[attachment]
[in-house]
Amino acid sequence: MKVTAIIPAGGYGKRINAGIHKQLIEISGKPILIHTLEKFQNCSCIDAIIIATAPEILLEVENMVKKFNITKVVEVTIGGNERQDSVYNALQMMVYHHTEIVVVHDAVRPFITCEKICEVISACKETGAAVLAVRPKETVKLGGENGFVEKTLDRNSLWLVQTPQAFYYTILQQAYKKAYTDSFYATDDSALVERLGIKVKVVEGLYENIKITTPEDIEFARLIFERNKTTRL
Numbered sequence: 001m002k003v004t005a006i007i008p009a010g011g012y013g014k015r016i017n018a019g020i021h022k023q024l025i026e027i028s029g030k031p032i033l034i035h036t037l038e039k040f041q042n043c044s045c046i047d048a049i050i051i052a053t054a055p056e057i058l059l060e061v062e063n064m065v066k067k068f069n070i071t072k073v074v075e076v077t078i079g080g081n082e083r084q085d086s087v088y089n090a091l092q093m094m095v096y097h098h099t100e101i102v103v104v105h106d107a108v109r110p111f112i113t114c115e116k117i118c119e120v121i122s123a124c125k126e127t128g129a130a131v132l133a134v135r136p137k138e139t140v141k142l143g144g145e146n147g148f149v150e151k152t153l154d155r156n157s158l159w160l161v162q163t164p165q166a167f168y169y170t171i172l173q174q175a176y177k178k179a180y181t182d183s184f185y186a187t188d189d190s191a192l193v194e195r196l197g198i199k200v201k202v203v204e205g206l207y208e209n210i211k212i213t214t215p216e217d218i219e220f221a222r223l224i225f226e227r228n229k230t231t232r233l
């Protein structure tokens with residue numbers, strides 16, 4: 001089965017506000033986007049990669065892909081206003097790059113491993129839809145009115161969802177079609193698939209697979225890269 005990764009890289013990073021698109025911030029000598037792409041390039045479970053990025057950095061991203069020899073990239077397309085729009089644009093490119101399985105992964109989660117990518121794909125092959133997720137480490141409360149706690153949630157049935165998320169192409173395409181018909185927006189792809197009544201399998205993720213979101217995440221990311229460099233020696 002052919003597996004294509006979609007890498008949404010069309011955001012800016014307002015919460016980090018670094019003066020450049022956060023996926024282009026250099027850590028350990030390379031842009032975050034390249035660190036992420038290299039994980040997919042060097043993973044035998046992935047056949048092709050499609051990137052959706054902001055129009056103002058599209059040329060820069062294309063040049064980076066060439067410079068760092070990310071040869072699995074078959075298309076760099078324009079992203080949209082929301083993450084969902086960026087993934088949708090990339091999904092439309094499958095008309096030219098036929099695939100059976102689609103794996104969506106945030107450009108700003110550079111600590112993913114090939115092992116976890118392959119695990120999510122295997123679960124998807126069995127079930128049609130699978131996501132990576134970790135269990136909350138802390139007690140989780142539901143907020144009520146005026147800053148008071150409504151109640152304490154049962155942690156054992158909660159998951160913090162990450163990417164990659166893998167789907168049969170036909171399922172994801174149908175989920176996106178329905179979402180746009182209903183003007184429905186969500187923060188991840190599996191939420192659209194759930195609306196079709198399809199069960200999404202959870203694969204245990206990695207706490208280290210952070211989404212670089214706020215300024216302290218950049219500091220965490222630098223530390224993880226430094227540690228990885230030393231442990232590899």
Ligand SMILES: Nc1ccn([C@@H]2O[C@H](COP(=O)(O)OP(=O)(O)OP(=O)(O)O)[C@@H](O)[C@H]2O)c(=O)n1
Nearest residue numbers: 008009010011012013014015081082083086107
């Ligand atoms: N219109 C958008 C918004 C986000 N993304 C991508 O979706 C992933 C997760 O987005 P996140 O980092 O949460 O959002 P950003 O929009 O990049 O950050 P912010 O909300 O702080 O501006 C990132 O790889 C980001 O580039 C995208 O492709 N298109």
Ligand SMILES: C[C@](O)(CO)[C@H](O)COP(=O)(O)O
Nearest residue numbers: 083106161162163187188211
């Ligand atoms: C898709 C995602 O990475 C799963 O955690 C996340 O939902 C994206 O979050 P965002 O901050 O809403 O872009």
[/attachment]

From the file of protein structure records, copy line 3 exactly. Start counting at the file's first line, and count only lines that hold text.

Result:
Numbered sequence: 001m002k003v004t005a006i007i008p009a010g011g012y013g014k015r016i017n018a019g020i021h022k023q024l025i026e027i028s029g030k031p032i033l034i035h036t037l038e039k040f041q042n043c044s045c046i047d048a049i050i051i052a053t054a055p056e057i058l059l060e061v062e063n064m065v066k067k068f069n070i071t072k073v074v075e076v077t078i079g080g081n082e083r084q085d086s087v088y089n090a091l092q093m094m095v096y097h098h099t100e101i102v103v104v105h106d107a108v109r110p111f112i113t114c115e116k117i118c119e120v121i122s123a124c125k126e127t128g129a130a131v132l133a134v135r136p137k138e139t140v141k142l143g144g145e146n147g148f149v150e151k152t153l154d155r156n157s158l159w160l161v162q163t164p165q166a167f168y169y170t171i172l173q174q175a176y177k178k179a180y181t182d183s184f185y186a187t188d189d190s191a192l193v194e195r196l197g198i199k200v201k202v203v204e205g206l207y208e209n210i211k212i213t214t215p216e217d218i219e220f221a222r223l224i225f226e227r228n229k230t231t232r233l